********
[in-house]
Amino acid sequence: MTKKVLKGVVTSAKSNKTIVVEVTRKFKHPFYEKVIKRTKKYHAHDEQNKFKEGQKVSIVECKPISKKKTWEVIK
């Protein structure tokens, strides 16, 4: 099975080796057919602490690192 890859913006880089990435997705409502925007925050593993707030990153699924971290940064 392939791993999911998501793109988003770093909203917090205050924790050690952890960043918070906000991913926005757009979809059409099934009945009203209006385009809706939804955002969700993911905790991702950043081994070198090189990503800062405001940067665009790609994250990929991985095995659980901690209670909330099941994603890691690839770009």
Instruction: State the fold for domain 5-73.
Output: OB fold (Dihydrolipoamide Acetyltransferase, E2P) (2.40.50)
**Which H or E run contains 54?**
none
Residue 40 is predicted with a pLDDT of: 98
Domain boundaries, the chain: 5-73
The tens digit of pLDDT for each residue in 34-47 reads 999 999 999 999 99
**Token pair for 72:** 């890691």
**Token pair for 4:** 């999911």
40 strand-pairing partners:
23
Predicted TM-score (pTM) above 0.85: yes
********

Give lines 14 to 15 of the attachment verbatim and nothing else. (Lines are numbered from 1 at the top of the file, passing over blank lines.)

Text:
23
Predicted TM-score (pTM) above 0.85: yes